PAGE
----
184 THE BATTLE OF RONCEVALLES
'No,' replied Ganelon, 'it is Roland's doing, and to the end of my life I will bear him hatred for it. Oliver also will I hate, since Oliver is his friend. And never more will I love the twelve peers, for they love him. Under your own eyes, sire, I throw down my challenge.'
' You are angry about nothing,' said the King, ' and as I have commanded you, you will go.'
' I can go, but it will be my death, as it was the death of Basil and of his brother Bazan. Who goes there, returns not. But, sire, do not forget that your sister is my wife and that I have a son Baldwin, who, if he lives, will be the bravest of the brave. To him I leave all my lands. Guard him well, for I shall see him no more.'
' Your heart is too tender,' said Charles, ' but there is no help for it, you must go.'
At the words of the King, Ganelon flung his fur mantle to the ground in fury. ' It is to you,' he cried, turning to Roland, 'that I owe this peril. I am your stepfather, and that is reason enough that you send me to lose my head at the Court of King Marsile. Let it be so; but if ever I return I will bring on you such trouble that it will only end with your life.'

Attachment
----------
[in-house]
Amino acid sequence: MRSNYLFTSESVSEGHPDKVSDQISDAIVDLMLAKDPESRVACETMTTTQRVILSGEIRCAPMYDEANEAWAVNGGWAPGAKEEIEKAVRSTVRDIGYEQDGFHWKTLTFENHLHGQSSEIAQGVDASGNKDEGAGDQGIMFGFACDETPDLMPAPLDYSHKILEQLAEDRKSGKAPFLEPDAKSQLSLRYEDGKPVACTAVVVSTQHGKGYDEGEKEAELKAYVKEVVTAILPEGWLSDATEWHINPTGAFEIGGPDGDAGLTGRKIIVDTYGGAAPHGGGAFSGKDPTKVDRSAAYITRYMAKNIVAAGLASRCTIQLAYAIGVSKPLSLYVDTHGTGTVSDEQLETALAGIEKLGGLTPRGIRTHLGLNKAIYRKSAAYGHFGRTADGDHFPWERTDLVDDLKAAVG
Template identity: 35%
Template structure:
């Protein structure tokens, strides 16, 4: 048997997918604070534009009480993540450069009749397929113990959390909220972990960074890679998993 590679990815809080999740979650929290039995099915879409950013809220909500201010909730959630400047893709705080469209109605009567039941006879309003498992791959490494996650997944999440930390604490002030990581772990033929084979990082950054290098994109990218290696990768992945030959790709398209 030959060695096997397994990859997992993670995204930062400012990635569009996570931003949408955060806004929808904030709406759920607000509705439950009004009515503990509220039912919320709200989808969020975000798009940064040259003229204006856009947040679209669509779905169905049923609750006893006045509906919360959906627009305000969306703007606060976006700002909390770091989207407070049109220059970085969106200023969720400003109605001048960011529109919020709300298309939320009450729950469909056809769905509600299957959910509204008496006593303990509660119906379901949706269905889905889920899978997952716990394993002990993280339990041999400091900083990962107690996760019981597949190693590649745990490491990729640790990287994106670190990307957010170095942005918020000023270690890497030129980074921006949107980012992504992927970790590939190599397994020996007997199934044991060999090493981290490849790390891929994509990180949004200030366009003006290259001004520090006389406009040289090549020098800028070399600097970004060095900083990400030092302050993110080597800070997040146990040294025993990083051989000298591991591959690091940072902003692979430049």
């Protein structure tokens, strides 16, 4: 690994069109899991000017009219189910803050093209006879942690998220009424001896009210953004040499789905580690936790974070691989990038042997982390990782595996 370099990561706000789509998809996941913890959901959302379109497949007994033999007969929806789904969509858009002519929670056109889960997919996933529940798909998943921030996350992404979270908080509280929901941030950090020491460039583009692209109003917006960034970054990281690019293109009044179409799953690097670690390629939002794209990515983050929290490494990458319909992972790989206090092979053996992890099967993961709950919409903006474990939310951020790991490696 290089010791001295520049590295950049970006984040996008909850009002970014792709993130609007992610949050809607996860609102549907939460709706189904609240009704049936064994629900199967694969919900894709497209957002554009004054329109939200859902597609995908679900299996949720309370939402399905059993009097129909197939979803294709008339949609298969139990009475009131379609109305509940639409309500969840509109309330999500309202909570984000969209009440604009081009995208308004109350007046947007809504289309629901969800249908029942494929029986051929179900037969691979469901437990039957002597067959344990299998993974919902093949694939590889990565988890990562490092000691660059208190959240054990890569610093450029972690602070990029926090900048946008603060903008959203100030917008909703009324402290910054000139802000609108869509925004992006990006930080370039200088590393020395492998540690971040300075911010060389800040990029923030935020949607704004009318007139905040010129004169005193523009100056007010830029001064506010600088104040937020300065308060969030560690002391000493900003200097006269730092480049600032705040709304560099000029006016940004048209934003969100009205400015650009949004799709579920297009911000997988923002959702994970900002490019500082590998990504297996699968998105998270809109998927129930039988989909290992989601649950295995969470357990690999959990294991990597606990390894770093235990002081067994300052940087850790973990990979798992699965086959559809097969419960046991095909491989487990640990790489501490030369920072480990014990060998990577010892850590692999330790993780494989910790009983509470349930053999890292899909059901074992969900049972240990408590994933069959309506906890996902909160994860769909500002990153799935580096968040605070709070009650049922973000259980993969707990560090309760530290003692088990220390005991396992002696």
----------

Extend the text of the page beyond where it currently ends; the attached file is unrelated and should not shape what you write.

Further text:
'Youtalk like a madman,' said Roland. 'All men know that I care nothing for threats. But it needs a wise man to go on such a mission, and if the King pleases, I will go in your place.'
'You will not go in my place,' answered Ganelon. 'I am not your vassal, to do as you bid me. Charles has commanded me to go to Saragossa, therefore to Sara-gossa I go. But beware of what I do when I get there.'
At this Roland began to laugh, and when Ganelon saw him laughing, it seemed as if his heart would burst with anger. ' I hate you,' he muttered to Roland. ' I should never have been chosen but for you. Great Emperor,' he said aloud to Charles, ' behold me ready to obey your orders.'
' Listen, fair Count,' replied Charles, ' for this is the